1. Matzo, Marianne PhD, GNP-BC, FAAN


Advice for when there's insufficient evidence.


Article Content

The role of the U.S. Preventive Services Task Force (USPSTF) is to provide "reliable and accurate evidence-based recommendations to primary care clinicians." Therefore, the USPSTF prefers to base its recommendations on interventional randomized, controlled trials (RCTs). But when the evidence is insufficient to make a recommendation-for example, RCTs aren't conducted on many clinical preventive services due to expense and recruitment issues-the USPSTF's lack of guidance can cause clinician frustration. In an effort to address clinician concerns, the USPSTF asked a group of experts to come up with a different approach to presenting recommendations when the "evidence is insufficient to conclude, with certainty, that there is net benefit or net harm."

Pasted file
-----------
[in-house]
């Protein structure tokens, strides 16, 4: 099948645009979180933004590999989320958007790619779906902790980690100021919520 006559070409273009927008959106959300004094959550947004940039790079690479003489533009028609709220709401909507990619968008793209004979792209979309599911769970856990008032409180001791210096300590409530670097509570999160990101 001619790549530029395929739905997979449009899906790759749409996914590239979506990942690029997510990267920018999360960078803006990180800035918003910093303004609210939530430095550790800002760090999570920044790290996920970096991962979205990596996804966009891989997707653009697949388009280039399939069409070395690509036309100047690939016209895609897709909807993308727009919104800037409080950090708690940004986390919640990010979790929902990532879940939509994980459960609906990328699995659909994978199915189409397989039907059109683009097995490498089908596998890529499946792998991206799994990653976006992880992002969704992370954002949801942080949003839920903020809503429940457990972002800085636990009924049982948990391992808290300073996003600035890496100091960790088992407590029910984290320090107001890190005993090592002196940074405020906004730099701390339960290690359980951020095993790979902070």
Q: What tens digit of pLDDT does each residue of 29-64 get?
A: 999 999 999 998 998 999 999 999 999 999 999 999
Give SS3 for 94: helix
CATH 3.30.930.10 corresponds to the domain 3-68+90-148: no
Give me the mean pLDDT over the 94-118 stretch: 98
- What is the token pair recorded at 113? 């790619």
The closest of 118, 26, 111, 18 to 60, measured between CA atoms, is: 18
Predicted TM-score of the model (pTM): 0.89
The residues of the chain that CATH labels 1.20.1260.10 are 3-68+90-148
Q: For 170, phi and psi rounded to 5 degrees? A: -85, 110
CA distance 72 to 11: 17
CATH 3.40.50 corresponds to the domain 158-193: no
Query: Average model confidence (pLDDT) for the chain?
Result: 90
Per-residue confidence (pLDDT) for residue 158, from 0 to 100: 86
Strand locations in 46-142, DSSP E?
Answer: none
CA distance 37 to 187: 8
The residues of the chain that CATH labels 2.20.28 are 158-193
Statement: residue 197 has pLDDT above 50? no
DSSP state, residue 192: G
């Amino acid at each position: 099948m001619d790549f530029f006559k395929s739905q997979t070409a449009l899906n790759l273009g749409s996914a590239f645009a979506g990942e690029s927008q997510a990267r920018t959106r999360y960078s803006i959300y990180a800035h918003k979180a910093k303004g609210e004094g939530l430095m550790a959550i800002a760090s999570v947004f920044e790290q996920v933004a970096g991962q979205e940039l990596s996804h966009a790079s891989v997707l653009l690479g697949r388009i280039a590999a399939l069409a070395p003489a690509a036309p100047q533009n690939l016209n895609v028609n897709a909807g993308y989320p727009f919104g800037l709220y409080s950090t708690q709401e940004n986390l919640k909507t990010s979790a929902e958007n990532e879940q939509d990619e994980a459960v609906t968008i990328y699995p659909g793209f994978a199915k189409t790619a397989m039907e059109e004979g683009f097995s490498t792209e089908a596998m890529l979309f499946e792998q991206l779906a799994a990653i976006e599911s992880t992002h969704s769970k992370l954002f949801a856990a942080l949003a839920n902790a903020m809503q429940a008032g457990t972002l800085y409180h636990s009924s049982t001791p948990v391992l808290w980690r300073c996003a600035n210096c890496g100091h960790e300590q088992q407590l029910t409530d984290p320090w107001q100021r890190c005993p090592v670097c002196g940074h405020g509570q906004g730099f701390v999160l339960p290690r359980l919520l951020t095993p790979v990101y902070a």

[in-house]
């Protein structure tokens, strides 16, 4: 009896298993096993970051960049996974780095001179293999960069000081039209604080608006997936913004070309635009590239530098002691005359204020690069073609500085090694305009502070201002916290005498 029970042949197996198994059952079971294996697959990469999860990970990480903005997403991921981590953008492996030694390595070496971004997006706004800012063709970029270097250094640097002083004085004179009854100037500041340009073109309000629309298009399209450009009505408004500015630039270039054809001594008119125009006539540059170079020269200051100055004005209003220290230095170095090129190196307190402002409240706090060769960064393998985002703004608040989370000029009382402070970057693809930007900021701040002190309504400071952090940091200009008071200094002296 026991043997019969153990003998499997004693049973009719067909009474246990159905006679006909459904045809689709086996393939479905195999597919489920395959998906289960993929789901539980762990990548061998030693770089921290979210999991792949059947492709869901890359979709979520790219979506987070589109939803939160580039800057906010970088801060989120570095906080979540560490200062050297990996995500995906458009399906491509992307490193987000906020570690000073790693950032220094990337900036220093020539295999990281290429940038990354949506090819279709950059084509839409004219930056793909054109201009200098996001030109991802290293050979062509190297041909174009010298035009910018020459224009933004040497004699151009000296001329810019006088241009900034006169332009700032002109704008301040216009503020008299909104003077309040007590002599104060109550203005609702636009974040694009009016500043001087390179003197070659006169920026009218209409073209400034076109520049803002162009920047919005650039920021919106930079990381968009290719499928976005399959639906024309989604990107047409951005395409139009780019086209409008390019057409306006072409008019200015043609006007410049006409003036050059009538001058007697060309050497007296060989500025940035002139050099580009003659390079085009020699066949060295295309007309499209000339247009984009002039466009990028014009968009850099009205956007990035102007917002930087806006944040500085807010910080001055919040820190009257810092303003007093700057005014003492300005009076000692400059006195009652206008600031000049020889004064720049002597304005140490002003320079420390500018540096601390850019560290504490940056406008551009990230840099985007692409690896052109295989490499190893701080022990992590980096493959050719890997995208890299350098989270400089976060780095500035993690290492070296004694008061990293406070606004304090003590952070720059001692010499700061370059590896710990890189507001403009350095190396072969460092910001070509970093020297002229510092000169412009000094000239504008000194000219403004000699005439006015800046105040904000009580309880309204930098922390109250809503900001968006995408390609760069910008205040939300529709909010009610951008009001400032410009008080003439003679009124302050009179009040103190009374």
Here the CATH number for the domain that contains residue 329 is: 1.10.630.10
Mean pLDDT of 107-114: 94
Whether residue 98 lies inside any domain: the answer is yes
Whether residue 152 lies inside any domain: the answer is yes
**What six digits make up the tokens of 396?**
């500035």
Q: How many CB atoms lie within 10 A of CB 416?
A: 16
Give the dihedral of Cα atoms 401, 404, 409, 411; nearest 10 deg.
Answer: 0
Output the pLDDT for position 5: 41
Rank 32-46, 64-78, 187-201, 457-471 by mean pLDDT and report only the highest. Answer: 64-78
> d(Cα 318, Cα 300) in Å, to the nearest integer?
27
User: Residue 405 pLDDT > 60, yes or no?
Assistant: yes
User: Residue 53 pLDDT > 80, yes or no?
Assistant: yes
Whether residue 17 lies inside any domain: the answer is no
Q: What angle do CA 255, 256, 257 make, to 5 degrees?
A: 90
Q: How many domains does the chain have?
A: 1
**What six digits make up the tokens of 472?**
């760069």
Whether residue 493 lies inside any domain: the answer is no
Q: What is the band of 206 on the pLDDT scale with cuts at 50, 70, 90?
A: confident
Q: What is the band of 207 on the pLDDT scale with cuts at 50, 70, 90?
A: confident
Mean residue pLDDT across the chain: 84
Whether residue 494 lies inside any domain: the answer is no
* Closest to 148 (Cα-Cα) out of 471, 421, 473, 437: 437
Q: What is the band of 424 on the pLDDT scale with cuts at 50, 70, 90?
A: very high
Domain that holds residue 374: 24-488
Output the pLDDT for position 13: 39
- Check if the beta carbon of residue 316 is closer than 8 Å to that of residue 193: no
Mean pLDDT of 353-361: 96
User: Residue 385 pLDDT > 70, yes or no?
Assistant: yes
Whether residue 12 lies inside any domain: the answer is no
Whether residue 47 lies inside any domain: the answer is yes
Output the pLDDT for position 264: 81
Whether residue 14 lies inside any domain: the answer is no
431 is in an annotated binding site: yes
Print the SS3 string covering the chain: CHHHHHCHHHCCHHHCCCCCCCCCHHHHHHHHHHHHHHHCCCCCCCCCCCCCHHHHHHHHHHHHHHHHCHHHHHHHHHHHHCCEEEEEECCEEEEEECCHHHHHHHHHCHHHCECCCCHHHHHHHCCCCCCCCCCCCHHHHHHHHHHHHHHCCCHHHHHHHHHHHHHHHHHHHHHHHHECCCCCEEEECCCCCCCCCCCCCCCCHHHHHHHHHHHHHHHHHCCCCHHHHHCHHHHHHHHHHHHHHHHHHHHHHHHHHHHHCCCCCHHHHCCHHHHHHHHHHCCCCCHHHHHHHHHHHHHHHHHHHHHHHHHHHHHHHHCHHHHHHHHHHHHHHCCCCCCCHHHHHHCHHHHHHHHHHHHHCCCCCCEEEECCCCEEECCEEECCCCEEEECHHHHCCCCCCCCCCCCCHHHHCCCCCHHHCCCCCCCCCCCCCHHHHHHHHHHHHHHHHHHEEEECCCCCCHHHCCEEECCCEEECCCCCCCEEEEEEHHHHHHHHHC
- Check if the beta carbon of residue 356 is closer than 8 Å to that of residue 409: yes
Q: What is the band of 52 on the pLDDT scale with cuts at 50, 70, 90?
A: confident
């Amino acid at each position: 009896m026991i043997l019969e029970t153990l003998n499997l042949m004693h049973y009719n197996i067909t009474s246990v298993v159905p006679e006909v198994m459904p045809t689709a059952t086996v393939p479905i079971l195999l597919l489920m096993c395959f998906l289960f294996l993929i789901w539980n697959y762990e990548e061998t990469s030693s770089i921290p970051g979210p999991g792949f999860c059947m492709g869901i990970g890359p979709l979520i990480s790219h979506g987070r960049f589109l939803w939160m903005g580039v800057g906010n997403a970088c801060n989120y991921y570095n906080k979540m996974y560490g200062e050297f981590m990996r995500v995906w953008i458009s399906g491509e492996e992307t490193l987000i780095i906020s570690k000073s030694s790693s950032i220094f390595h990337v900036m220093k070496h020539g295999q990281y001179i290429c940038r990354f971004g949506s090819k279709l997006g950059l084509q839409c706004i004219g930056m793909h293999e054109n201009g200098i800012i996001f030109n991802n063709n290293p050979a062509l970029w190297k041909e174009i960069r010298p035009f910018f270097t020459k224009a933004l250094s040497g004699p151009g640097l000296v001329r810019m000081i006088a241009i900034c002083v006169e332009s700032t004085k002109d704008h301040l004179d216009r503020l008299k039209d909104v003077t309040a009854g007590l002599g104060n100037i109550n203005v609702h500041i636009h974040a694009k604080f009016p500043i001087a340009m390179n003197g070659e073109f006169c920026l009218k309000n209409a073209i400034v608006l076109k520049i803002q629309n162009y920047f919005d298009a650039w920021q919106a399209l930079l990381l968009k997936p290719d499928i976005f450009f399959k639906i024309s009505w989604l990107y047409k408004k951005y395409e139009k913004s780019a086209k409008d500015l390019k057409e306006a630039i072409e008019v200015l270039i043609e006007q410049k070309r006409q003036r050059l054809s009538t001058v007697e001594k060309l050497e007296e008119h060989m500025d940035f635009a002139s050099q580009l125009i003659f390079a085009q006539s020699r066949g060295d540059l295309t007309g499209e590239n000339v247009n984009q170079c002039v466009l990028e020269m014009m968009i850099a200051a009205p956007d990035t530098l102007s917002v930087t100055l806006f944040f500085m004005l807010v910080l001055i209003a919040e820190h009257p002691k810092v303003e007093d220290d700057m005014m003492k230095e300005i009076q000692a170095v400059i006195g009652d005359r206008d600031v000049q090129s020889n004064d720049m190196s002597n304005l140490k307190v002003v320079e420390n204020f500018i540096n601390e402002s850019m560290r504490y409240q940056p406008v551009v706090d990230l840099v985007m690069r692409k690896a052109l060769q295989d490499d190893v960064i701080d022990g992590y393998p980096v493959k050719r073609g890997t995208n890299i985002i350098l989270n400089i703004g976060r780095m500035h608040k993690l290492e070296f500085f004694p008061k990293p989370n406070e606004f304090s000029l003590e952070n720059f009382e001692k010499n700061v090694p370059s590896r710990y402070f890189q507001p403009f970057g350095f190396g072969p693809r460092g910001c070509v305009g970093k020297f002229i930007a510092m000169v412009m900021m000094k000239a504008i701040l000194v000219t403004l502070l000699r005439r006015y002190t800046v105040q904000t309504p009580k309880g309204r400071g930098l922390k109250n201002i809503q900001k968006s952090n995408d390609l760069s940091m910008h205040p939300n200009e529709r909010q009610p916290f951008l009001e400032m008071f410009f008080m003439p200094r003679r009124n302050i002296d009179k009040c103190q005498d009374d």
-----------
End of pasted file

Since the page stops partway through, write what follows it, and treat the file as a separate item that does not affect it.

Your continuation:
The group suggested the creation of four "domains" to guide clinical decision making: potential preventable burden, potential harms, costs of the intervention, and a restating of current practice. Each domain considers the potential consequences (to patient, system, and clinician) of providing or not providing specific interventions.


The crux of the matter. Because RCTs aren't available on which to base decision making in all patient populations and conditions, we can expect to see the USPSTF use the four domains and their relevance to prevention strategies in its recommendations.


Petitti DB, et al. Ann Intern Med 2009;150(3):199-205.